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    November 18, 1908

    “Free from the Service of Sin” The Medical Missionary, 17, 46, p. 915, 916.

    ATJ

    ALONZO T. JONES

    “KNOWING this, that our old than is crucified with him, that the body of sin might be destroyed, that henceforth we should not serve sin.”MEDM November 18, 1908, page 915.1

    Plainly, therefore, the Lord intends that we shall not serve sin, and, accordingly, has made provision that this intention shall be fulfilled.MEDM November 18, 1908, page 915.2

    “The body of sin” must be “destroyed,” in order that henceforth we shall “not serve sin.” If the body of sin is not destroyed, if sin is not taken up by the root, we shall certainly still serve sin, whatever our profession or desire.MEDM November 18, 1908, page 915.3

    Indeed, if I desire not to serve sin, if I desire to live without sinning, and yet do not desire it enough to have the body of sin destroyed, to have sin completely uprooted, whatever the cost, or however painful the process, then my desire is not sincere, and can not possibly be realized. I am simply tickling my fancy with a mirage.MEDM November 18, 1908, page 915.4

    No; the body of sin must be destroyed,—nothing short of destruction will do,—in order that we shall not serve sin. See; too, what “destroy” means: “To pull down; to build; demolish; to overthrow; lay waste; ruin; make desolate; to kill; slay; extirpate; to bring to naught; put an end to; annihilate; obliterate entirely; cause to cease, or cease to be.”MEDM November 18, 1908, page 915.5

    The Lord has made full provision for this destruction of the body of sin; it must be accomplished by crucifixion. “Our old man is crucified,” “that the body of sin might be destroyed, that henceforth we should not serve sin.” That is the straight, sure course to freedom from the service of sin.MEDM November 18, 1908, page 916.1

    But thank the Lord, we do not have to go this way alone. “Our old man is crucified with him.” He was made “in the likeness of sinful flesh” for us. He was “in all things made like unto his brethren.” He “was in all points tempted like as we are.” “The Lord hath laid on him the iniquity of us all.” And he was crucified. He was crucified for us. He was crucified as us. He was “the last Adam.” He was humanity. And in him the old Adam—the old, sinful humanity—was crucified. And “our old man is crucified with him,” in order “that the body of sin might be destroyed, that henceforth we should not serve sin.”MEDM November 18, 1908, page 916.2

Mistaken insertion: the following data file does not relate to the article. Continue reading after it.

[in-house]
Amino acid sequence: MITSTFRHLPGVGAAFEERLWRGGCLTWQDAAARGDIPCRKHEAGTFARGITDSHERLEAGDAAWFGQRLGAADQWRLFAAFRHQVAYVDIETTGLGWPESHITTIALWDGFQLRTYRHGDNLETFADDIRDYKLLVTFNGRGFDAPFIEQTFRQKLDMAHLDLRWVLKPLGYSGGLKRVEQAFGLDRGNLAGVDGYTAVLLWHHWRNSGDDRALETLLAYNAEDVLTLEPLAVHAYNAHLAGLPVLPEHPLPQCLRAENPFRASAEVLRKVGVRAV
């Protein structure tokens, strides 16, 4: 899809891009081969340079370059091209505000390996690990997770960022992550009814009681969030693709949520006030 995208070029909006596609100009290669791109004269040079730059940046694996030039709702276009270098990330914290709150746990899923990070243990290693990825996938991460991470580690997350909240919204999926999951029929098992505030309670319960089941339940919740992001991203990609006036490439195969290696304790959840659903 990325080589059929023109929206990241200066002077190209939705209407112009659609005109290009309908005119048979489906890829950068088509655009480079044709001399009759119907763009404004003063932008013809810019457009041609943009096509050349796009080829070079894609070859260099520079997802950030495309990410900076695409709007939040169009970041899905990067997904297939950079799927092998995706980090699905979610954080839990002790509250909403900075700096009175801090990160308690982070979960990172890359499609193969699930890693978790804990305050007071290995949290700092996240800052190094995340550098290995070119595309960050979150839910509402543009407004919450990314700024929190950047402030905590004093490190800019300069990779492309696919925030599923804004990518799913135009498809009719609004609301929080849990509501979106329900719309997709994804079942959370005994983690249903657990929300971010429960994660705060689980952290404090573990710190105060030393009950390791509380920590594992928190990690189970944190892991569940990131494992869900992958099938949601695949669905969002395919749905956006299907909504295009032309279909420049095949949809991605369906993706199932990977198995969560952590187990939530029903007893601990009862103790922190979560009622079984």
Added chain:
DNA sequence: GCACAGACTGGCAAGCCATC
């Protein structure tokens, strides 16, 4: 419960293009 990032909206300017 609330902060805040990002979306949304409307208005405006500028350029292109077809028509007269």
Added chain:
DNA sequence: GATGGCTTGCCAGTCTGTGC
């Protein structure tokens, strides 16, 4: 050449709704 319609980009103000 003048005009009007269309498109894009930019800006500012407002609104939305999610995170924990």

Are you indeed crucified with him? Have you given up yourself to crucifixion, do you give yourself up to destruction, that you may be delivered from the service of sin? Is your desire to be freed from sinning so sincere that you freely give yourself up to crucifixion,—that you abandon yourself to destruction? If it is, then you can easily know the triumph that there is in knowing that the body of sin is destroyed, and that henceforth you shall not serve sin.MEDM November 18, 1908, page 916.3

    Why is this verse of Scripture written, if it is not intended that you shall not serve sin? And when it is written to show you this the Lord’s intention, then of what good is that to you, what good can it ever be to you, if that intention is not fulfilled in you, and you are not kept from the service of sin?MEDM November 18, 1908, page 916.4

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